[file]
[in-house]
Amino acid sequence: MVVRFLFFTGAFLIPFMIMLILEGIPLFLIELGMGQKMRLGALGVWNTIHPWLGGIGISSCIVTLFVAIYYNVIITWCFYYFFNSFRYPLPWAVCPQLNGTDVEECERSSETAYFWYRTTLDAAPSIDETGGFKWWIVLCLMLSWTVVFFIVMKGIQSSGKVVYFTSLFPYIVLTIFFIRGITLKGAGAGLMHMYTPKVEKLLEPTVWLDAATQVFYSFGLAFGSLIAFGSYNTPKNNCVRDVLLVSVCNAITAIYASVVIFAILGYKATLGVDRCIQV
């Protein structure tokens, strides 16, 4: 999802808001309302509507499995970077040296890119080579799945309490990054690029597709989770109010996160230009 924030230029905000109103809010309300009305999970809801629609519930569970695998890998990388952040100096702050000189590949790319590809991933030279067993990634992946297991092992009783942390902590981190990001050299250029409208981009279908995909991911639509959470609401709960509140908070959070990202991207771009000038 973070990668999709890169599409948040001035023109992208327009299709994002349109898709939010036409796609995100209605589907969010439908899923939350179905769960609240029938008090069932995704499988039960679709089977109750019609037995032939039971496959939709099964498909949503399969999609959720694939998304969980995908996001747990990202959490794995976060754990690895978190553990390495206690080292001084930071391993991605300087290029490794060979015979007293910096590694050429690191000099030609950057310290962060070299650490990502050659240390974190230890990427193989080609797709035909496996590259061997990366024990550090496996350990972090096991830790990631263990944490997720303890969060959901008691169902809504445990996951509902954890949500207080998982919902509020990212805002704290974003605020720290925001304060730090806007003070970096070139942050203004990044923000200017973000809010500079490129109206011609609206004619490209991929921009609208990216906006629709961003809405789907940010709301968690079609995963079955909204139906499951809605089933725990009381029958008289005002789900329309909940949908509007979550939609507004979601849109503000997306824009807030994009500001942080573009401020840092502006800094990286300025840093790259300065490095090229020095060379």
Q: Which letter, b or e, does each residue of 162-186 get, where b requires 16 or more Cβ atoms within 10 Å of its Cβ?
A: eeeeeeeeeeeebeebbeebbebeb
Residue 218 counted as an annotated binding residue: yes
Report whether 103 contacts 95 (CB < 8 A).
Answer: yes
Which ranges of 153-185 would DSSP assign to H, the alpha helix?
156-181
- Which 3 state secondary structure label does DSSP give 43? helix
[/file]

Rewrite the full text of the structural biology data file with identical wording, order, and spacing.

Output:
[in-house]
Amino acid sequence: MVVRFLFFTGAFLIPFMIMLILEGIPLFLIELGMGQKMRLGALGVWNTIHPWLGGIGISSCIVTLFVAIYYNVIITWCFYYFFNSFRYPLPWAVCPQLNGTDVEECERSSETAYFWYRTTLDAAPSIDETGGFKWWIVLCLMLSWTVVFFIVMKGIQSSGKVVYFTSLFPYIVLTIFFIRGITLKGAGAGLMHMYTPKVEKLLEPTVWLDAATQVFYSFGLAFGSLIAFGSYNTPKNNCVRDVLLVSVCNAITAIYASVVIFAILGYKATLGVDRCIQV
């Protein structure tokens, strides 16, 4: 999802808001309302509507499995970077040296890119080579799945309490990054690029597709989770109010996160230009 924030230029905000109103809010309300009305999970809801629609519930569970695998890998990388952040100096702050000189590949790319590809991933030279067993990634992946297991092992009783942390902590981190990001050299250029409208981009279908995909991911639509959470609401709960509140908070959070990202991207771009000038 973070990668999709890169599409948040001035023109992208327009299709994002349109898709939010036409796609995100209605589907969010439908899923939350179905769960609240029938008090069932995704499988039960679709089977109750019609037995032939039971496959939709099964498909949503399969999609959720694939998304969980995908996001747990990202959490794995976060754990690895978190553990390495206690080292001084930071391993991605300087290029490794060979015979007293910096590694050429690191000099030609950057310290962060070299650490990502050659240390974190230890990427193989080609797709035909496996590259061997990366024990550090496996350990972090096991830790990631263990944490997720303890969060959901008691169902809504445990996951509902954890949500207080998982919902509020990212805002704290974003605020720290925001304060730090806007003070970096070139942050203004990044923000200017973000809010500079490129109206011609609206004619490209991929921009609208990216906006629709961003809405789907940010709301968690079609995963079955909204139906499951809605089933725990009381029958008289005002789900329309909940949908509007979550939609507004979601849109503000997306824009807030994009500001942080573009401020840092502006800094990286300025840093790259300065490095090229020095060379």
Q: Which letter, b or e, does each residue of 162-186 get, where b requires 16 or more Cβ atoms within 10 Å of its Cβ?
A: eeeeeeeeeeeebeebbeebbebeb
Residue 218 counted as an annotated binding residue: yes
Report whether 103 contacts 95 (CB < 8 A).
Answer: yes
Which ranges of 153-185 would DSSP assign to H, the alpha helix?
156-181
- Which 3 state secondary structure label does DSSP give 43? helix